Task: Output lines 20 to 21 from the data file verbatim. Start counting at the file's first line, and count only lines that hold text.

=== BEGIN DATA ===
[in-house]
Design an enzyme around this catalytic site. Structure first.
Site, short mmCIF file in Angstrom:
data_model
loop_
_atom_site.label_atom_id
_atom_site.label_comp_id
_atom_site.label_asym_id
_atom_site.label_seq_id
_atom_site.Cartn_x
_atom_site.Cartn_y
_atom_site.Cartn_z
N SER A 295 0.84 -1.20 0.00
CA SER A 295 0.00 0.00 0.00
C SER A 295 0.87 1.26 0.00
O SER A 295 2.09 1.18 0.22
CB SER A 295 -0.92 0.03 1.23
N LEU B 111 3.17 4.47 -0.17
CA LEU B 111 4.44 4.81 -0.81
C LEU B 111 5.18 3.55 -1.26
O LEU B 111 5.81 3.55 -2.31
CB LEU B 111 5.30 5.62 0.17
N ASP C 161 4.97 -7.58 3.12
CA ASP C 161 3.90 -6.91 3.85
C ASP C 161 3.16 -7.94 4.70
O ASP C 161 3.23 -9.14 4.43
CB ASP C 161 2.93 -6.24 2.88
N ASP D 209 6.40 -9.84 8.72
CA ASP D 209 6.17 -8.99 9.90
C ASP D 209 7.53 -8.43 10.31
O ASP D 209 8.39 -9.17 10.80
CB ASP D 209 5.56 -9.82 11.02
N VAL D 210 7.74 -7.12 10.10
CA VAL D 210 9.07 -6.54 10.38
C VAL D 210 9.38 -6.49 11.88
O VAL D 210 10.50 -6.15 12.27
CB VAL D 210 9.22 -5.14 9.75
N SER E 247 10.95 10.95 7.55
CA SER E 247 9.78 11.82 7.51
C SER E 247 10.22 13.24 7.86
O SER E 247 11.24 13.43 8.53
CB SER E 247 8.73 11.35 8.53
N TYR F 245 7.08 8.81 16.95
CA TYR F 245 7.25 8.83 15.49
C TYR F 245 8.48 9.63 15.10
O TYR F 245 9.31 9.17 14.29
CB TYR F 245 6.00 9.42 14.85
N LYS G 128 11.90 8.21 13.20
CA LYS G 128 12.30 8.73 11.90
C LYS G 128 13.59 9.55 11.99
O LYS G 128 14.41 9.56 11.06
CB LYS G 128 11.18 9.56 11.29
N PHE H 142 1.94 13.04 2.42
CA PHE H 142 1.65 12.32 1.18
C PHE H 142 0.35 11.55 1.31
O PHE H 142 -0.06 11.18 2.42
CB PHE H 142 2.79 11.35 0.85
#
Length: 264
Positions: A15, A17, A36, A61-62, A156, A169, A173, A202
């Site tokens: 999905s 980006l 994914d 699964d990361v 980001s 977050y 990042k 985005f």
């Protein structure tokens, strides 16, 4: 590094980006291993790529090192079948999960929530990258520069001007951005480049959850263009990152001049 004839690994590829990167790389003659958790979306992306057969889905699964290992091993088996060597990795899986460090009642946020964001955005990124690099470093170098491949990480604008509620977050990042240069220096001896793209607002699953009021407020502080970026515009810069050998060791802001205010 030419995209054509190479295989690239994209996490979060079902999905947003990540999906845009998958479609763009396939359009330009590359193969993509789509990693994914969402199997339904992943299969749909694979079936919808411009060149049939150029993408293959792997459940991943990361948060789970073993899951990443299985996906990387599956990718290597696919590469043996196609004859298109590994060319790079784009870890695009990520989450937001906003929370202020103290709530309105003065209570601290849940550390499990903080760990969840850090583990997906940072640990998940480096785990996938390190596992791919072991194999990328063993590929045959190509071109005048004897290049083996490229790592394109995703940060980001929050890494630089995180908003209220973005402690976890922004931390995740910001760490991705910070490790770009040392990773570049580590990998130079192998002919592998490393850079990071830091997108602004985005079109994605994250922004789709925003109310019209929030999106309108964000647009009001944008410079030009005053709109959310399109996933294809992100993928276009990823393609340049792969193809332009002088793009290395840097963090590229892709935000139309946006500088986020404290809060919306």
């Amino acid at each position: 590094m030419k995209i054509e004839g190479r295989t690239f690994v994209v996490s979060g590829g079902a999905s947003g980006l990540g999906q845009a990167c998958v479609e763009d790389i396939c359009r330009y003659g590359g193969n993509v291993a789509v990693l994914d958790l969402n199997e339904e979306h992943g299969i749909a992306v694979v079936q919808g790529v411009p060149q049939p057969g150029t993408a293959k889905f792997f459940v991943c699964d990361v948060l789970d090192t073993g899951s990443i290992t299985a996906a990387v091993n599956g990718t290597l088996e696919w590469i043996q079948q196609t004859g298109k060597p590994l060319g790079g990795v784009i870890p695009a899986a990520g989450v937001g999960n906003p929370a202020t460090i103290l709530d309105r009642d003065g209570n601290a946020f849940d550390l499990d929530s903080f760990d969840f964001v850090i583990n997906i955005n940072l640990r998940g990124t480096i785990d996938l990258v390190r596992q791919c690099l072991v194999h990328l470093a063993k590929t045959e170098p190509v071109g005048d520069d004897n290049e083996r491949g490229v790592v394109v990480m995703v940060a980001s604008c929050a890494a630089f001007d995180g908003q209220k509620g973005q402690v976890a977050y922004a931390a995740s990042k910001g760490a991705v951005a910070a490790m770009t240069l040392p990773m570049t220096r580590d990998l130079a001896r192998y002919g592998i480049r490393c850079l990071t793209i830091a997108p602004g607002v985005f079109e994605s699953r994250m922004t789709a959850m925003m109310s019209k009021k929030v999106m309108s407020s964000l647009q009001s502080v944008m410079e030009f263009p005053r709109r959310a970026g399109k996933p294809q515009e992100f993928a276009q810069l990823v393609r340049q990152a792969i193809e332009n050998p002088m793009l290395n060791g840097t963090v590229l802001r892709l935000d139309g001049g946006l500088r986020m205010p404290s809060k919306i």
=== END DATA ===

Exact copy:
C LEU B 111 5.18 3.55 -1.26
O LEU B 111 5.81 3.55 -2.31